When Will I Stop PR'ing? part 1
This is an introduction to strength and conditioning for very new beginners. This topic is for the people that are 100% brand new strength and conditioning who have never touched a weight, dumbbell, kettlebell, or barbell in their life. This is for the kid who may be in his teenage years or the mom or dad in their mid-forties looking to change your life and get strong, but don't know where to begin.
So for these people the lowest hanging fruit is what's called a linear progression. A linear progression refers to consistently adding 5 pounds of weight every week for the given lift.
When doing a linear progression you want to get to the gym at minimum three days a week with a focus on the squat, bench, and deadlift. An example would be squatting on Mondays, pressing on Wednesdays, and deadlifting on Fridays. You would rest on the other days or get in some active recovery.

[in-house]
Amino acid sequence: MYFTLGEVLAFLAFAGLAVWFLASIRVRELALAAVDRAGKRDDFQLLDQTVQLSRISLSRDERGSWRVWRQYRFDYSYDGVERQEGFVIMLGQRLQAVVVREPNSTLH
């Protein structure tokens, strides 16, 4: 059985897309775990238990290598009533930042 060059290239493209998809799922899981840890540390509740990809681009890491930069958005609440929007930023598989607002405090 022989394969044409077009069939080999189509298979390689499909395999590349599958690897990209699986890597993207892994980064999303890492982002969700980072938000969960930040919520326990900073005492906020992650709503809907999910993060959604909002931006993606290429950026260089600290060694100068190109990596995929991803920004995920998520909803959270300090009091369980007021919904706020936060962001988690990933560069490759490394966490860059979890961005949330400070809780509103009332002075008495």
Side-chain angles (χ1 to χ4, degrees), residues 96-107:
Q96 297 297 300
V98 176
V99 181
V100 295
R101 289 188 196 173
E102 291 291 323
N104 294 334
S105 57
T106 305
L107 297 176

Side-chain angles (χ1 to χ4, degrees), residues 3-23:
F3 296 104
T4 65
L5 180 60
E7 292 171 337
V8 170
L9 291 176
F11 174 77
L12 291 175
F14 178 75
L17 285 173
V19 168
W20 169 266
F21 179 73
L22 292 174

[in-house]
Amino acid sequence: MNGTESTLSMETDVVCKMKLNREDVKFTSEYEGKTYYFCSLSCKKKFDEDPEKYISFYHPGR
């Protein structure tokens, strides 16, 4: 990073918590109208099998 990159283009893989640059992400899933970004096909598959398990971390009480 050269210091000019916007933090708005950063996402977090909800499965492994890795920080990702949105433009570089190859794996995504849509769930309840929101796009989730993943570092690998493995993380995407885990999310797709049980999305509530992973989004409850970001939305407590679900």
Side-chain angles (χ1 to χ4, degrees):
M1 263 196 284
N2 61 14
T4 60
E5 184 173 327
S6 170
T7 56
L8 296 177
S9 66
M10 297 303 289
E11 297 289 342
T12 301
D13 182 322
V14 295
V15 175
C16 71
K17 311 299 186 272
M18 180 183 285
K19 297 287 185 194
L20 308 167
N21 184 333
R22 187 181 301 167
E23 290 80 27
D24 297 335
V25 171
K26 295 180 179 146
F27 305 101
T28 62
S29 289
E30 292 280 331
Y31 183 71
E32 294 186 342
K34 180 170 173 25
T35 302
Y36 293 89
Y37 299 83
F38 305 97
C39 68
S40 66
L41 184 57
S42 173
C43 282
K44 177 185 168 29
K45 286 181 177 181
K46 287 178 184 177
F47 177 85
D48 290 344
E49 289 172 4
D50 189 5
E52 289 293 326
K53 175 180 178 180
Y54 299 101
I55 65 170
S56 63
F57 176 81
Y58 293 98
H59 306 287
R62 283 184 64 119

There are different ways to squat but a good place to start is the back squat, once you have developed the strength it will be time to move on to variations.
When bench pressing or floor pressing you will evaluate shoulder health to choose the best route for you. A standard bench press can be difficult on the shoulders, if not competing in powerlifting a floor press will be fine and protect the health of your shoulders.
Lastly, the deadlift. There are variations of this as well. The most important is keeping your back flat and using your legs to pull the bar off the ground and your back to pull yourself into a standing position. If you are unable to bend down to pick up the bar, keep a flat back, and upright chest then you may need to elevate the bar to ensure a proper starting position.
Check back on Monday for the next article will talk programming for PR’ing every session! In the meantime work on air squatting and push-ups to ensure you have good movement when you’re ready to get under the barbell!